Saint Cecilia, Virgin and Martyr

Cecilia was a Roman martyr of the 3rd century but practically nothing certain is known about her life. About the 4th century AD, there appeared a Greek religious story based on the loves of Cecilia and Valerian, which were a glorification of the celibate life.  It was intended to replace the more sensuous romances such as that of Daphnis and Chloe, then very popular.  Cecilia’s later popularity is mainly due to legends dating from the 5th century, some 200 years after her death.

The tradition is that she was a Christian of noble birth and promised in marriage to a non-Christian named Valerian.  But, as she had already made a vow of virginity to God, she let her husband know that she did not want to consummate their marriage.  As a result, her husband and his brother, Tiburtius (Thateus), themselves became Christians. They were arrested and martyred about the year 230 under the Emperor Alexander Severus.  Soon afterwards, Cecilia herself was brought before the prefect.

She refused to offer pagan sacrifice and converted her persecutors to Christianity, but was then  sentenced to death.  Her executioners first tried to kill her by locking her in an overheated sauna-type bathhouse.  When this failed, she was to be decapitated but, after her executioner failed in three attempts, he fled the scene.  Cecilia survived for three days in a semi-conscious state before finally succumbing. In the last three days of her life, she opened her eyes, looked at her family and friends and then closed them forever.  Those keeping vigil knew that she had entered paradise. Later her house was dedicated as a church by Pope Urban, who had encouraged her in her fidelity. Unfortunately this story is not confirmed by any other contemporary source.  She is not mentioned in the writings of Jerome or Ambrose, for instance, although they were particularly interested in the martyrs.

While many legends arose in the case of many early saints, in Cecilia’s case, her very existence is uncertain (similar to Christopher and Philomena).  The only basis on which her existence might be argued is the existence of a church, called the Titulus Ceciliae in the Trastevere, Rome.

Founded by a certain Roman lady called Cecilia, it dates from about the 5th century and was magnificently rebuilt by Pope Paschal I about 820 when her supposed relics, with those of her companions, were brought there by the pope. The church was again rebuilt by Cardinal Emilio Sfondrati in 1599.  Then the tomb of Cecilia was opened and the body was found incorrupt but it quickly disintegrated through contact with the air.  The sculptor Maderna, however, made a life-size marble statue of the body “lying on the right side, as a maiden in her bed, her knees drawn together and seeming to be asleep”. A replica of this statue occupies Cecilia’s supposed original tomb in the cemetery of Callistus.  The church was in recent times the titular church of Cardinal Carlo Martini, former Archbishop of Milan.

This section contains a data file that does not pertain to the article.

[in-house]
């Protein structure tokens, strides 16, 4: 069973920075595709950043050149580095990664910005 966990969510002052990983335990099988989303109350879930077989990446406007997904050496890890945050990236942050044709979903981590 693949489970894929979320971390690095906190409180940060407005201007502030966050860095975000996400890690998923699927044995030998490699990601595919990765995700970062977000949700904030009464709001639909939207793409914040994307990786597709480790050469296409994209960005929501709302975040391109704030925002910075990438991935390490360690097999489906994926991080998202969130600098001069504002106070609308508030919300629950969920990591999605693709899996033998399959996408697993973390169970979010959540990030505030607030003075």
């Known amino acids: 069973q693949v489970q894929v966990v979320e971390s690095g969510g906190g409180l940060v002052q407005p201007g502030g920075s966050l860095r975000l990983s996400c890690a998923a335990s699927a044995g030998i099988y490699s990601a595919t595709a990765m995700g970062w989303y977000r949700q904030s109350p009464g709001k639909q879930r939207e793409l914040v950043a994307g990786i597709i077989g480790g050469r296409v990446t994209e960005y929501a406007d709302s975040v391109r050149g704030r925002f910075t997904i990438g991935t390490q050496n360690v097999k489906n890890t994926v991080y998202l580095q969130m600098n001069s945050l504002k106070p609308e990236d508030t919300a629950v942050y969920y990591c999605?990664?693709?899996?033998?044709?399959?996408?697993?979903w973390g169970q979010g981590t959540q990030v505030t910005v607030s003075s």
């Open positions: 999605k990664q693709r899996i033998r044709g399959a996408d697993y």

Cecilia is one of seven women, excluding the Blessed Virgin Mary, commemorated by name in the First Eucharist Prayer of the Mass.  She is probably best known as the patron of musicians and choirs since the 16th century.  The origin of this seems to be found in the antiphon taken from her Acts:

As the musical instruments (at her wedding feast) were playing, Cecilia sung (in her heart) to the Lord, saying: ‘May my heart remain unsullied, so that I be not confounded’.

The traditional account of her life is famous as the Second Nun’s Tale in Chaucer’s Canterbury Tales.  In art, her principal emblem since the 16th century is an organ (as in Raphael’s painting at Bologna) or some other musical instrument such as a lute, but she appears without emblem in ancient representations such as the mosaic in St Apollinare Nuovo, Ravenna (6th century), and in Roman frescoes in the catacomb of Callixtus and in the church of St Maria Antiqua.

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